Actually, being on the real Titanic would serve as a better analogy for the point you're trying to make. Ironically, because its electrical power plant functioned until the very end, many passengers were reluctant to disembark from the seeming comfort and safety of a well-lit ship. Interestingly, the Titanic was designed to float with the first four compartments flooded. Instead, the glancing blow to the starboard side caused buckling in the hull plates along the first five compartments, more than the ship's designers had anticipated.

    Coming back on topic, I looked at earlier posts on ice loss which seems to be the real polar bear in the room. It ultimately depends on whether we're looking at a CO2 forcing to equal the solar forcing of the Eemian. In the case of CO2 forcing, we're looking at concurrent H2O forcings and increased precipitation which could include increased snow cover in some settings (recall that Antarctica is the world's driest continent and hence there's some scope for negative feedbacks to GHG forcings in such settings).

    Coming back to the Titanic analogy, we don't really know whether we're flooding five compartments or four. In the former case, we would be silly to clamber into the lifeboats. In the latter, we can take cold comfort from Keynes dictum:

    'The long run is a misleading guide to current affairs. In the long run we are all dead.'

    He also said:

    'When the facts change, I change my mind. What do you do, sir?'
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  16. " temperatures have warmed around 0.8°C from pre-industrial temperatures"

    Is "pre-industrial" before or after the invention of the thermometer?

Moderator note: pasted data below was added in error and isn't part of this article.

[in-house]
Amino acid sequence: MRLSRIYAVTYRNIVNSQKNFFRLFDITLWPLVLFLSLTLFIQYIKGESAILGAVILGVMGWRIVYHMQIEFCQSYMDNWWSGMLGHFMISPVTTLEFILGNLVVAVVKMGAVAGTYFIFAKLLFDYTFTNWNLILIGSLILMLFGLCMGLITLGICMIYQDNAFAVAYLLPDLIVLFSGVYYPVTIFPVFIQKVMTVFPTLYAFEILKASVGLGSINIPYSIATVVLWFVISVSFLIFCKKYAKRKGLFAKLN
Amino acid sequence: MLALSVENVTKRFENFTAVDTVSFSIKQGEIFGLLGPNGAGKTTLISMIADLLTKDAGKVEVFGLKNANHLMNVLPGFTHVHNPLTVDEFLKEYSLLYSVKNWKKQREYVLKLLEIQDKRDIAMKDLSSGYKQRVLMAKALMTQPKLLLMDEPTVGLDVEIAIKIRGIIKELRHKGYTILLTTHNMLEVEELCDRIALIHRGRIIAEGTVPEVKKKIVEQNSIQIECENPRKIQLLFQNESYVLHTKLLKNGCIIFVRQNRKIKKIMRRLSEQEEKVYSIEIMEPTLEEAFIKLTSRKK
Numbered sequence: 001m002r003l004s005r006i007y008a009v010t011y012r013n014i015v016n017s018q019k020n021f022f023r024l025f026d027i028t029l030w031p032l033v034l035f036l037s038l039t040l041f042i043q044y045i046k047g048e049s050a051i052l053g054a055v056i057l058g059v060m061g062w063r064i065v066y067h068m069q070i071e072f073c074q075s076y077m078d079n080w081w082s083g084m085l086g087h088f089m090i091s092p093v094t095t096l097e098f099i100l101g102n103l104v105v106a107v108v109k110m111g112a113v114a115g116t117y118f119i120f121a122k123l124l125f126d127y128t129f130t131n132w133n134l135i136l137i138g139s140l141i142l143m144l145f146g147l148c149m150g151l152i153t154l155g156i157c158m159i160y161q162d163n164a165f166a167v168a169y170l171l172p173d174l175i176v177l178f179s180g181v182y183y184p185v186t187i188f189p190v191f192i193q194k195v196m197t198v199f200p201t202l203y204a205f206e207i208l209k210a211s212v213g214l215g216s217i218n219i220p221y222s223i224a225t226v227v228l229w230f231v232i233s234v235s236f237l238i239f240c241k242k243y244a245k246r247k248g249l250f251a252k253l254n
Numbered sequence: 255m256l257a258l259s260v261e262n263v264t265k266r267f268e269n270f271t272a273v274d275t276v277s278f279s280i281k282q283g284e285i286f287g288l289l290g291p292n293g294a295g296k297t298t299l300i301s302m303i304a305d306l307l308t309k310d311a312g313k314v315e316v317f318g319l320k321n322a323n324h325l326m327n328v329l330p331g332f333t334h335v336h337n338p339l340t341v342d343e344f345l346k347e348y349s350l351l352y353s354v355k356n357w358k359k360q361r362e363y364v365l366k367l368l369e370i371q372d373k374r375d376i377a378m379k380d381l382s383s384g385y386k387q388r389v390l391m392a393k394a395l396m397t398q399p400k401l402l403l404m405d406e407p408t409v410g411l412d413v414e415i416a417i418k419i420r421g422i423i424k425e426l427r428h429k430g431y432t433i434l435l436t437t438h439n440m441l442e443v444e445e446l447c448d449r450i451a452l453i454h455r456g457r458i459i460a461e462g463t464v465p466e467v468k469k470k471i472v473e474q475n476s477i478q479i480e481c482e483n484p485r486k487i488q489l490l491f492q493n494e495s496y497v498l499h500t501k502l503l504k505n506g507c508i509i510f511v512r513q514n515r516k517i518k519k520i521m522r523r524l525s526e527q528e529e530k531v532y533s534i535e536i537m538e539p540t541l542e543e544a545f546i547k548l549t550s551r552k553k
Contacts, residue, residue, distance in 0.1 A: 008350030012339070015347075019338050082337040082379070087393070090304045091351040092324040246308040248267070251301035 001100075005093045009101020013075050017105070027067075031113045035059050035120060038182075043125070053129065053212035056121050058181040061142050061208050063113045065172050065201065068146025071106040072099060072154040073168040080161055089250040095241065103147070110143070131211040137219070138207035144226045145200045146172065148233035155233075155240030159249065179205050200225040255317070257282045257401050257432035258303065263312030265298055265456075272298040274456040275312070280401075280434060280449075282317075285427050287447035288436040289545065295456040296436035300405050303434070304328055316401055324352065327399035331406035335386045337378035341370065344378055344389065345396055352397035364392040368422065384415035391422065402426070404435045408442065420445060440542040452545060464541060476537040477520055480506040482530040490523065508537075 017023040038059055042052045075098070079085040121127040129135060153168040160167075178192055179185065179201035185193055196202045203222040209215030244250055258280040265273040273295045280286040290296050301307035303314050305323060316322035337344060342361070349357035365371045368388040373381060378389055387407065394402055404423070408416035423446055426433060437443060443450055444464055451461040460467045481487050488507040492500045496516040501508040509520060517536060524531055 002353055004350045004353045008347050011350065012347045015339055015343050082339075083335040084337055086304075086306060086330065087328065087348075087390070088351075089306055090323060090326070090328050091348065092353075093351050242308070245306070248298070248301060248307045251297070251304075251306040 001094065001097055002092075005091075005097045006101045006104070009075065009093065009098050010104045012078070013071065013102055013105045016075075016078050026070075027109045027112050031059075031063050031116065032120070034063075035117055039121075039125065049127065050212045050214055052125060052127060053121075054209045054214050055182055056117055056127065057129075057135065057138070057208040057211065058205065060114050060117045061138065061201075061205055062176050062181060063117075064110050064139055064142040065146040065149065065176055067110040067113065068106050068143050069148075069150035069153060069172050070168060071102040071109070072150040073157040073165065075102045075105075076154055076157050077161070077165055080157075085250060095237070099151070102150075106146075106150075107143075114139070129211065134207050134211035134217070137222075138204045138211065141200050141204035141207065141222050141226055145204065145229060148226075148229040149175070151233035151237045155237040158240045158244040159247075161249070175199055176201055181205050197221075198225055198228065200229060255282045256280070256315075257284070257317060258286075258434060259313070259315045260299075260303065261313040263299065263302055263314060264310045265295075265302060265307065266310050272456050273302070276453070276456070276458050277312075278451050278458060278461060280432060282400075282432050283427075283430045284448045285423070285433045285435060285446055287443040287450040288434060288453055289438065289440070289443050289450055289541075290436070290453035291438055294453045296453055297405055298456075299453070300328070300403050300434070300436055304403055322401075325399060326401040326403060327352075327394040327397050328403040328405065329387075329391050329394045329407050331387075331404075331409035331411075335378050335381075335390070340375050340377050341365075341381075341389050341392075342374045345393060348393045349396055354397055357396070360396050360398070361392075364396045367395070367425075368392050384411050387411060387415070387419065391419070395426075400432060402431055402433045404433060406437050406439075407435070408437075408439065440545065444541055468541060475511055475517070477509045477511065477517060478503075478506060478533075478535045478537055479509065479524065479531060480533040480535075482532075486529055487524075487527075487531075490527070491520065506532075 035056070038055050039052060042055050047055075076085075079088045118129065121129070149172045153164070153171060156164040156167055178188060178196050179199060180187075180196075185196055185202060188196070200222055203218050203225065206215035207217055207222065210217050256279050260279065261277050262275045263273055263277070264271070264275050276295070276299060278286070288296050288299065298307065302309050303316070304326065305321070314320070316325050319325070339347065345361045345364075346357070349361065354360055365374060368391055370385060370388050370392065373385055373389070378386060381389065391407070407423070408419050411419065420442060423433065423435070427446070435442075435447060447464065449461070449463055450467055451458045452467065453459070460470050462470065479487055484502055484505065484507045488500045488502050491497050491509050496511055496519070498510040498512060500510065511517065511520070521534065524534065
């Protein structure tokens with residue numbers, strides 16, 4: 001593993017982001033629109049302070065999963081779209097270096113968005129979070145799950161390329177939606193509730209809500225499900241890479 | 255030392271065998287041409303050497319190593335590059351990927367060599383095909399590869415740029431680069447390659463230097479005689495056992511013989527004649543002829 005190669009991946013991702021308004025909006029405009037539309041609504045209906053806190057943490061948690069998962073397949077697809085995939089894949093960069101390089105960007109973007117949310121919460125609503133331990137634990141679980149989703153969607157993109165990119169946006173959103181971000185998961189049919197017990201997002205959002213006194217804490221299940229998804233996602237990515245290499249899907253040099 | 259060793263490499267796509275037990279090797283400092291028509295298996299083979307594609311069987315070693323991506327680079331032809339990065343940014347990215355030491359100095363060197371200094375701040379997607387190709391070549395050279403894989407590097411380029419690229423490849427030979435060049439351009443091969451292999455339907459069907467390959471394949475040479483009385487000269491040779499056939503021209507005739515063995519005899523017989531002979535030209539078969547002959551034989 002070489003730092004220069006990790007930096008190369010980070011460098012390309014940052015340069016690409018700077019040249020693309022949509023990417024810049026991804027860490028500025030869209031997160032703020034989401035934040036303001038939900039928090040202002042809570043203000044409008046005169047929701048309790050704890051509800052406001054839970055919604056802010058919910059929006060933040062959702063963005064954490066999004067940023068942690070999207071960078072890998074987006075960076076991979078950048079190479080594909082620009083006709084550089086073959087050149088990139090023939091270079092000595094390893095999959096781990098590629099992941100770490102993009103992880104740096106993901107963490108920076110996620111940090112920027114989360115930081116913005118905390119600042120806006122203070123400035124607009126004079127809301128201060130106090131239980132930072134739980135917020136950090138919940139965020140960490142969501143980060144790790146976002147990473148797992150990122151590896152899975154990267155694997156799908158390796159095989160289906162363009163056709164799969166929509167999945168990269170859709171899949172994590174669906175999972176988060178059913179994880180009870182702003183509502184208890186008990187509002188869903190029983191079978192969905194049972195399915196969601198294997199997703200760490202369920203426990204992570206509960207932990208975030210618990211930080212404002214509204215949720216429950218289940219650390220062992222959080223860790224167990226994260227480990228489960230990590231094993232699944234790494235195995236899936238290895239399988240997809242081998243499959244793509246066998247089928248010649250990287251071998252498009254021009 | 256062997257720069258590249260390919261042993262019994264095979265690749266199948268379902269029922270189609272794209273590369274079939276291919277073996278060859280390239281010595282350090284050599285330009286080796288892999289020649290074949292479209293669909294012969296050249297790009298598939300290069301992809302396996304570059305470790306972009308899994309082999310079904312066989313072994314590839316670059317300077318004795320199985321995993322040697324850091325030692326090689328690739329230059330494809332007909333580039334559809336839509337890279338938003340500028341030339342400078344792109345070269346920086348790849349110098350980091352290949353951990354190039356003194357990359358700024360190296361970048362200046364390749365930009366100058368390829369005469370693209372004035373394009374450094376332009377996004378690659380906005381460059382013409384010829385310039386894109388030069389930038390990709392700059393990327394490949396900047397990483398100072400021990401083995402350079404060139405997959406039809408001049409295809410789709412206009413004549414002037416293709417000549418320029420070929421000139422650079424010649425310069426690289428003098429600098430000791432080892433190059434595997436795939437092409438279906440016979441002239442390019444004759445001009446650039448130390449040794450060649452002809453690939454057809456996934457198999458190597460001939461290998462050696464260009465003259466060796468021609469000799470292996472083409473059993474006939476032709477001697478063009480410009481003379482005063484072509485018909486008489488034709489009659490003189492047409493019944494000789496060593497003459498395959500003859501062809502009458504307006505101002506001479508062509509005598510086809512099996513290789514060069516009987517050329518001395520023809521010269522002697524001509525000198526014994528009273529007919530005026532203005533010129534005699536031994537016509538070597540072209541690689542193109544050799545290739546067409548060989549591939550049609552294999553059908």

Continutin... the link in the first sentence, takes you to a past article that starts...

    "Unfortunately, the discussion went pear shaped with some ideological anti-intellectualism "

    The word "anti-intellecutalism" in turn links to yet another article that contains the proverbial graph wherein CO2 and temperature track perfectly one on the other given two linear scales that are selected for this purpose, even though the "intellecual" theory dictates that temperature changes as the log of GHG concentration.
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  17. Chris, Keynes dictum is about _current_ affairs.

    When we're talking about warming and disruption, I actually care quite a lot about what my descendants may face long after I'm dead. I can't save them from failed love affairs or worries about passing exams.

    But I can be part of an effort to ensure that they get the best possible chance of living in a world that's congenial to healthy life and not torn by strife over inadequate water, food or living space.

    I'm not asking for utopia. Life is always difficult and dangerous. I lived through polio epidemics and the cold war and several other wars. Our generation has the opportunity to try and avoid making life more difficult and dangerous than it need be for our grandchildren's grandchildren.
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  18. "For this worse case scenario, has anyone demonstrated that there will actually be less habitable land as sea level rises? Shouldnt all kinds of land tracts be getting freed up of ice compensating loss of coastal regions?"

    How much arable land will there be at high altitude? Is it cheaper to build towns and cities on crags or on flatlands?

    As ever, it is not the change so much as the rate at which it occurs that will yield the cost. 2C over a thousand years is a much more manageable impact than 2C over a century.
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  19. RSVP #14,
    very naif and meaningless comment. Does anyone count on the right outcome from a wrong action? You need to be very lucky ...
    A brake is a brake, if you push the wrong pedal it's not a brake. As easy as this.
    I'd love to read more thoughtful comments here at SkS.